Amid already tense US-China relations, Washington announced on May 23 that it would impose sanctions on nine Chinese government institutes over ‘human rights violations’ and ‘abuses’ against the minorities.
The United States Department of Commerce said that the nine parties were ‘complicit’ in violations that are allegedly committed under the mainland’s “campaign of repression” along with the mass detention of Uighurs in China’s secluded western Xinjiang region.
US Department of Commerce said, “These nine parties are complicit in human rights violations and abuses committed in China’s campaign of repression, mass arbitrary detention, forced labor and high-technology surveillance against Uighurs, ethnic Kazakhs, and other members of Muslim minority groups in the Xinjiang Uighur Autonomous Region (XUAR).”
US lashes out at China
Earlier United States Secretary of State Mike Pompeo had also voiced his concern over a bill introduced in the Chinese parliament that limited Hong Kong’s autonomy and called it “disastrous”. Amid already strenuous US-China relations, Pompeo lashed out on the Asian superpower and said the newly proposed legislation would be a “death knell” for Hong Kong’s autonomy.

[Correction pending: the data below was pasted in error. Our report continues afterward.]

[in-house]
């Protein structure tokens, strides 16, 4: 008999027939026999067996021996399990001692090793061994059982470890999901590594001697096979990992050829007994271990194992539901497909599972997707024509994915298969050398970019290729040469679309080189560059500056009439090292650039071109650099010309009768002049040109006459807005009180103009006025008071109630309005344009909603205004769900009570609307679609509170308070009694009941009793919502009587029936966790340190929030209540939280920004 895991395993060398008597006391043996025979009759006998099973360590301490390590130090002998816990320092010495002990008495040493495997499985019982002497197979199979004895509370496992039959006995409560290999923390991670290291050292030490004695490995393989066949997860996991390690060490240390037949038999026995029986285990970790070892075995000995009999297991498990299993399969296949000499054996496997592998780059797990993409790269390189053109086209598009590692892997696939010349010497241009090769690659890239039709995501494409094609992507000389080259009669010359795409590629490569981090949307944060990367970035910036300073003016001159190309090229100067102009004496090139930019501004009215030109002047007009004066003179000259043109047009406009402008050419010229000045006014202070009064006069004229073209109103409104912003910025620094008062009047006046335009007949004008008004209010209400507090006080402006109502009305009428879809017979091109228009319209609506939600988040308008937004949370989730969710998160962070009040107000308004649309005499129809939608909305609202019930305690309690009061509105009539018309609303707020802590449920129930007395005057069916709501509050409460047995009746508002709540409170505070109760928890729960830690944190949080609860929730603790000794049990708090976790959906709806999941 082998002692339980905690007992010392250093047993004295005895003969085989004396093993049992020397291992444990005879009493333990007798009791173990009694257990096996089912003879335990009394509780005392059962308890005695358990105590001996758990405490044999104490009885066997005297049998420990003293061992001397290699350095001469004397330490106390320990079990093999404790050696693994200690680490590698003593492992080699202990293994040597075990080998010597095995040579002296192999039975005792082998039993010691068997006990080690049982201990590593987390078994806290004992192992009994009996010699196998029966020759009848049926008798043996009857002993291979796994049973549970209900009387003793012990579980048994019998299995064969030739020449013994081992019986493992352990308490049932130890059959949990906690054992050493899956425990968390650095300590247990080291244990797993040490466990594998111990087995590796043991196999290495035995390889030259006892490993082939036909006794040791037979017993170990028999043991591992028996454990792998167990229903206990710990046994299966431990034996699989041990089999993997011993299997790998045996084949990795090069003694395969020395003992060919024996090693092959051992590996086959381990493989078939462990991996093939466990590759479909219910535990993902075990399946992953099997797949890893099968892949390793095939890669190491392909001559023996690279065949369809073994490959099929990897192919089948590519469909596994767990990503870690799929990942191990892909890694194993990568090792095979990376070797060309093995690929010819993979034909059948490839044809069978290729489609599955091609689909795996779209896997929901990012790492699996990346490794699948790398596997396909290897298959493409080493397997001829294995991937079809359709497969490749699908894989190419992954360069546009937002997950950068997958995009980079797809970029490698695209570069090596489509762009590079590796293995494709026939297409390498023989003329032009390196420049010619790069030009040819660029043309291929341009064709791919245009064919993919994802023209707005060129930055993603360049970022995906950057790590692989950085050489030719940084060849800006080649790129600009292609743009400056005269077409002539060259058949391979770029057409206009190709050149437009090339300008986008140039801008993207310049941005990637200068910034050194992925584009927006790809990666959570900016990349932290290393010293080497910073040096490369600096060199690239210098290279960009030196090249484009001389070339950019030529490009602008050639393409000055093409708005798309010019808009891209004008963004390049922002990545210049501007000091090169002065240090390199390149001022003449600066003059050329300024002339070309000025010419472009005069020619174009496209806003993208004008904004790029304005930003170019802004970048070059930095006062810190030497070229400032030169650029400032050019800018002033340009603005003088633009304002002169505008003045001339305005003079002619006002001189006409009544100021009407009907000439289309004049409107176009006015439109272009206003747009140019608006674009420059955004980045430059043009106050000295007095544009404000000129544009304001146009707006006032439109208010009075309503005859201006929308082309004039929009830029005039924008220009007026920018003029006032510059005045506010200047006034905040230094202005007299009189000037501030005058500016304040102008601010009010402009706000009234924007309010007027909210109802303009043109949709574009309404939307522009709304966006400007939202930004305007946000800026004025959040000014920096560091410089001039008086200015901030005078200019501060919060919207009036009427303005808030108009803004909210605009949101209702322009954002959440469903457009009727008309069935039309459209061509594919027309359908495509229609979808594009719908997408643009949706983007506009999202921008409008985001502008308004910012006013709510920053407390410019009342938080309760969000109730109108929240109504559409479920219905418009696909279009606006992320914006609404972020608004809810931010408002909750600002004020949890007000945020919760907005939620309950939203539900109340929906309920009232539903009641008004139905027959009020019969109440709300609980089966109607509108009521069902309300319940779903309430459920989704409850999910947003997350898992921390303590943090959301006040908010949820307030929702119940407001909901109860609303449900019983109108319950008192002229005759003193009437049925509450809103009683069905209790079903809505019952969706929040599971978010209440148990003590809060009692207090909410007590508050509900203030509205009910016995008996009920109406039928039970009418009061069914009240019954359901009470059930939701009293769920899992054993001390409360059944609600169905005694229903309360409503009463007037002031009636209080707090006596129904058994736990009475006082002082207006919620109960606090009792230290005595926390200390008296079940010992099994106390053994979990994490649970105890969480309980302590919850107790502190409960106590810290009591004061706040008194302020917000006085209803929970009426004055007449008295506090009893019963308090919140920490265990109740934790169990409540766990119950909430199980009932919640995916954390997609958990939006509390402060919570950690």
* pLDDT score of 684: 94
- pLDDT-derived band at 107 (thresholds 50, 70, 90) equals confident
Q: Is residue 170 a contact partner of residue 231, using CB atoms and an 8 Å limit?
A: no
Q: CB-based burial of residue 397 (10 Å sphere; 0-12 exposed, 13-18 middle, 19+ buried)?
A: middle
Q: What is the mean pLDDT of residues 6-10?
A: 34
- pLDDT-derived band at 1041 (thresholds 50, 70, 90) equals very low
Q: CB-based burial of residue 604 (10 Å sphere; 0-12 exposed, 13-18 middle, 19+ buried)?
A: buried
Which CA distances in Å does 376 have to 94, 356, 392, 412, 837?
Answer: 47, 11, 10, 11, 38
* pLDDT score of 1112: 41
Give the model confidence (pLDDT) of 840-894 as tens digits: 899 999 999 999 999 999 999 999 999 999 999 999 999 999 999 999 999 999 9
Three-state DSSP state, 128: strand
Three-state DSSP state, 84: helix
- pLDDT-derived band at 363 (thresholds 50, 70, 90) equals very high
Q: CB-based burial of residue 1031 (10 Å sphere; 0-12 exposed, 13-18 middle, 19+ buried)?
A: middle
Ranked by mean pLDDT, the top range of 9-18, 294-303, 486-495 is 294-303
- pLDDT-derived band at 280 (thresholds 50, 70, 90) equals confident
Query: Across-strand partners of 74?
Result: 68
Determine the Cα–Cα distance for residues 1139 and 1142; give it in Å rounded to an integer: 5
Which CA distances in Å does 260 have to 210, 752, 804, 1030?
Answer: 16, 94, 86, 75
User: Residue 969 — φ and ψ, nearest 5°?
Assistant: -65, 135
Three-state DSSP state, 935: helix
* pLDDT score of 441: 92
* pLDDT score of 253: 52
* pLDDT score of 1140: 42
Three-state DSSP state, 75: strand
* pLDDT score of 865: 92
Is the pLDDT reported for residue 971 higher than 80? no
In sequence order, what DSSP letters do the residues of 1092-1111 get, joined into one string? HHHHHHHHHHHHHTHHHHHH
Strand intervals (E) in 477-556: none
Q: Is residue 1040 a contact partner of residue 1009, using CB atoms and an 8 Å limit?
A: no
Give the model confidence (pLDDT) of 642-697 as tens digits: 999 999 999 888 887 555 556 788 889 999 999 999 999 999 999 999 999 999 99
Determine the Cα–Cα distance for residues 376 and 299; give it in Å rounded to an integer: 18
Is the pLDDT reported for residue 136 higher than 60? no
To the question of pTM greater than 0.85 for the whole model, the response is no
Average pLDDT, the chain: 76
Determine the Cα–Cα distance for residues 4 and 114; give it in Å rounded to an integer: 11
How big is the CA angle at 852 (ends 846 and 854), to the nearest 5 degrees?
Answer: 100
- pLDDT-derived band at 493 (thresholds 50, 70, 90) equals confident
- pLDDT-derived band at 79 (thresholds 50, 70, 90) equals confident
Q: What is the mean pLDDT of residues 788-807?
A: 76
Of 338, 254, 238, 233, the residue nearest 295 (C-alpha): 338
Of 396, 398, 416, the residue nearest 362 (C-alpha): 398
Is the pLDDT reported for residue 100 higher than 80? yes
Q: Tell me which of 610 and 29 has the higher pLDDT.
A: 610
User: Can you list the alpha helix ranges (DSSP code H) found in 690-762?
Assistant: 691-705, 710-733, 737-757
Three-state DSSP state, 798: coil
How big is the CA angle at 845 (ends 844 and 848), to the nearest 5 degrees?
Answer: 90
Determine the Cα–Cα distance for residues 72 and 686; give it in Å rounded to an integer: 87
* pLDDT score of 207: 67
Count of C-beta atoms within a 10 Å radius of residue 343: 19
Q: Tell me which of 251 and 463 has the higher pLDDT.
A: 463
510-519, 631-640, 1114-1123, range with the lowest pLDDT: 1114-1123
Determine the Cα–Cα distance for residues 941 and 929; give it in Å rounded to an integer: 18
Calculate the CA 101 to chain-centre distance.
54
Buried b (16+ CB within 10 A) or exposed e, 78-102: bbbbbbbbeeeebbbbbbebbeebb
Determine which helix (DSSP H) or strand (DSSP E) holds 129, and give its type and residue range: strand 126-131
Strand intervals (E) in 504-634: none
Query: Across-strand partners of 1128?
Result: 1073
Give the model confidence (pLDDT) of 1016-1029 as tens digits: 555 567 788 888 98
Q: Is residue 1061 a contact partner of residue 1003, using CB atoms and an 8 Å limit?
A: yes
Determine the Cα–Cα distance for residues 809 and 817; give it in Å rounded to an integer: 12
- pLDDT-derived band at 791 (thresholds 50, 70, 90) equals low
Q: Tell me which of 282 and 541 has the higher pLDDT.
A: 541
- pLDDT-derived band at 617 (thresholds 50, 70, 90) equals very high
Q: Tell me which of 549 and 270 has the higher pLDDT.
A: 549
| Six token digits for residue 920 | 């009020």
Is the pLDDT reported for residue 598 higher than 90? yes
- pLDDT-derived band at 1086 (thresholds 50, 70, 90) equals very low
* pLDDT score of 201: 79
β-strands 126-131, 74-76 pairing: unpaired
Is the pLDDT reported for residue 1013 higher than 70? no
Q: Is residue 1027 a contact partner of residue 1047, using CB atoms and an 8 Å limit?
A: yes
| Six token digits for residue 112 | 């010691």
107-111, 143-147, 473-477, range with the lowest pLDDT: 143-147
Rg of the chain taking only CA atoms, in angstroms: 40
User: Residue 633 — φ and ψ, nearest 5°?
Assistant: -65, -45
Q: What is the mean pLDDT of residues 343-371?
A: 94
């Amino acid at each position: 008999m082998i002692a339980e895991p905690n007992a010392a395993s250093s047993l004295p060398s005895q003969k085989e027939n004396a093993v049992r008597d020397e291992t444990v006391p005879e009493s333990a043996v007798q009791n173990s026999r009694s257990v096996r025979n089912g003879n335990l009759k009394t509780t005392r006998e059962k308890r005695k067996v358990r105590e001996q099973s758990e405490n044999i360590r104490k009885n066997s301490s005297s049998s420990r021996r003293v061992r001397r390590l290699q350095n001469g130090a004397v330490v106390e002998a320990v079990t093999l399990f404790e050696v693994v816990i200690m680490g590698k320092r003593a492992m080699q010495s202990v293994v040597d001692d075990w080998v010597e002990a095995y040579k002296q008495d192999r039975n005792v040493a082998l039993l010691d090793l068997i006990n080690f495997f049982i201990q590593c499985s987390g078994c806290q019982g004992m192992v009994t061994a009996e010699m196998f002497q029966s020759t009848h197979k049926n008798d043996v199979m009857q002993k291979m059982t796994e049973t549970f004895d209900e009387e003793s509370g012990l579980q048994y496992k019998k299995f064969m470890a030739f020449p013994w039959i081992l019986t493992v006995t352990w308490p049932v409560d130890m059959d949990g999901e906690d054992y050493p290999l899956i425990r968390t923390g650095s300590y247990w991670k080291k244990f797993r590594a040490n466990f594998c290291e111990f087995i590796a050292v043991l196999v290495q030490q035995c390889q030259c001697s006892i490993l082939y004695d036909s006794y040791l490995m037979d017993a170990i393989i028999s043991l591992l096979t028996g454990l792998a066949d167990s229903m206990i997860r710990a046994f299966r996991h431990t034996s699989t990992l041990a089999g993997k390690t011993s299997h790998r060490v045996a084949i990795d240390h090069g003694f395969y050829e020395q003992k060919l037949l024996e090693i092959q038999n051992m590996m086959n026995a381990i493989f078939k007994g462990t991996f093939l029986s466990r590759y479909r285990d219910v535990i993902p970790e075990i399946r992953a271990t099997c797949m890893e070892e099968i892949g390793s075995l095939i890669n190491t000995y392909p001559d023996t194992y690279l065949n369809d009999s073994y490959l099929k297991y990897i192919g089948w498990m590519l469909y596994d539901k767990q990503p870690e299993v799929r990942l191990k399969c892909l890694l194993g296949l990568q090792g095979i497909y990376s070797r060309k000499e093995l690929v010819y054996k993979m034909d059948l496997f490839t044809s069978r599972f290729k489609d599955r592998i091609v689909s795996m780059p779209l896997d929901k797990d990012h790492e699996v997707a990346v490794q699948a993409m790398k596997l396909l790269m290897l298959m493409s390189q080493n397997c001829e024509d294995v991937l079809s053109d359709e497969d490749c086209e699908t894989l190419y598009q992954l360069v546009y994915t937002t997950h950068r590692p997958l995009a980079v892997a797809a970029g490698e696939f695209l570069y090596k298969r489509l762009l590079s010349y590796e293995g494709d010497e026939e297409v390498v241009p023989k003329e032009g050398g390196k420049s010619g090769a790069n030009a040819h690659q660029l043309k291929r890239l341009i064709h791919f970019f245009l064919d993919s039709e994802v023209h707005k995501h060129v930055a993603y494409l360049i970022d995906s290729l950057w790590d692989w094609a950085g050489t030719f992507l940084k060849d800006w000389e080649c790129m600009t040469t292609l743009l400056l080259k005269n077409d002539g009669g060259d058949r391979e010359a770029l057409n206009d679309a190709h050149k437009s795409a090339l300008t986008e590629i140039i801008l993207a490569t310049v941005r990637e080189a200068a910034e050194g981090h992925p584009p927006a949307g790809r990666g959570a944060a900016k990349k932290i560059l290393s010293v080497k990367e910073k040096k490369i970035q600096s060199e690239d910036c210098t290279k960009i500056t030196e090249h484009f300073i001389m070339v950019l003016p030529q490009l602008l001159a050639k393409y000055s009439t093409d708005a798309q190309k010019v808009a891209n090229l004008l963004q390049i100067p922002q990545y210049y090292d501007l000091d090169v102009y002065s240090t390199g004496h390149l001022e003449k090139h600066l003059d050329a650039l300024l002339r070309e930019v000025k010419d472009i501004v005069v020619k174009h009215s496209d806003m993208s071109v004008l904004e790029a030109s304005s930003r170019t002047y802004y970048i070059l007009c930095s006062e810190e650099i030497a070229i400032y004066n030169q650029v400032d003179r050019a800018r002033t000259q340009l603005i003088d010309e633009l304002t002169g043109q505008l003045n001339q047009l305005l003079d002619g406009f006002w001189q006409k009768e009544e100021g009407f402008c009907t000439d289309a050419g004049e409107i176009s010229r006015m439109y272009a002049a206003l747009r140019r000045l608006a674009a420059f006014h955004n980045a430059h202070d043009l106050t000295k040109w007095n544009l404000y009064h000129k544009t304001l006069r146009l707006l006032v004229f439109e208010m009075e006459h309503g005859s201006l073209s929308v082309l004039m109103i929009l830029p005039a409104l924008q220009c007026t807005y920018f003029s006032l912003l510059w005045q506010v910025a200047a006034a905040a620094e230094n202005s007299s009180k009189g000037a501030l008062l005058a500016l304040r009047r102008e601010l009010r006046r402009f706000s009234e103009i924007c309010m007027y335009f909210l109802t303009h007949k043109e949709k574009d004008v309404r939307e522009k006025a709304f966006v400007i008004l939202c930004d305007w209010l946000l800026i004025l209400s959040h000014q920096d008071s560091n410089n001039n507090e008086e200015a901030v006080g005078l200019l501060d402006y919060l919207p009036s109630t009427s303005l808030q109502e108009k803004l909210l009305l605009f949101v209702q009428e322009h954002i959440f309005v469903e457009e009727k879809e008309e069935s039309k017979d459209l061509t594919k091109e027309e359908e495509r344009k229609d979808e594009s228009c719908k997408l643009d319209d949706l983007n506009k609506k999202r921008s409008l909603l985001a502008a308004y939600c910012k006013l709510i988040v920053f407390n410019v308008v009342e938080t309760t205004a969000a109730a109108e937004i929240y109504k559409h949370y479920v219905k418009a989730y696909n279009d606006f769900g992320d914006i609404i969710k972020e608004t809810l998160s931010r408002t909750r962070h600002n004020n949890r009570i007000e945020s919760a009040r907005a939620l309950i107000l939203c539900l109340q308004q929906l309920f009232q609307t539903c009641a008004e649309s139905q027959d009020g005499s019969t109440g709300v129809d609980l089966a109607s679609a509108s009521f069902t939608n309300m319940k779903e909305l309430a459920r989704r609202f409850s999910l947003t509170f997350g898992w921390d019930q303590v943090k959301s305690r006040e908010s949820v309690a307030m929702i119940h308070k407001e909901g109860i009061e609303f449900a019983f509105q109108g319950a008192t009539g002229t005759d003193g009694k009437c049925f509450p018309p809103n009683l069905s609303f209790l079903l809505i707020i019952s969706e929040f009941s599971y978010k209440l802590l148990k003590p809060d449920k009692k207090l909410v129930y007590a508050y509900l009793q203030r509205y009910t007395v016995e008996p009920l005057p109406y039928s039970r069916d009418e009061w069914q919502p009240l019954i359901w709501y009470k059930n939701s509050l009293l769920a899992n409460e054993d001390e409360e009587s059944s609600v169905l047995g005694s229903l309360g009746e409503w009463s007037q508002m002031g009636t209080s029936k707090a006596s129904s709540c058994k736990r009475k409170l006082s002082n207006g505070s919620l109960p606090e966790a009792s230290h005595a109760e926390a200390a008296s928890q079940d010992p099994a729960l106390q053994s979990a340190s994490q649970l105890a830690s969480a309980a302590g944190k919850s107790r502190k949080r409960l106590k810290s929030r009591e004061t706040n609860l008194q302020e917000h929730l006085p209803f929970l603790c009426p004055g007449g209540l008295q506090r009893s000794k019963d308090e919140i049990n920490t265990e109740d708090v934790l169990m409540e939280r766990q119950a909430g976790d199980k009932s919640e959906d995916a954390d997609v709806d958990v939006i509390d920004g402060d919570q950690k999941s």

This came after the spokesperson of the National People’s Congress (NPC) Zhang Yesui said that this year’s Chinese parliament session would review the proposal titled, “Establishment and Improvement of the Legal System and Implementation Mechanism for the Safeguarding of National Security in the Hong Kong Special Administrative Region.”
“The United States strongly urges Beijing to reconsider its disastrous proposal, abide by its international obligations, and respect Hong Kong’s high degree of autonomy,” said Mike Pompeo while speaking to international media.
According to the Chinese diplomat, Hong Kong can not be separated from China and ‘in light of new circumstances and need’ the NPC has to exercise its power in the constitution for the new proposal which is ‘highly necessary’. However, the UK, Australia and Canada have issued a joint statement on May 23 to express their concern over the move.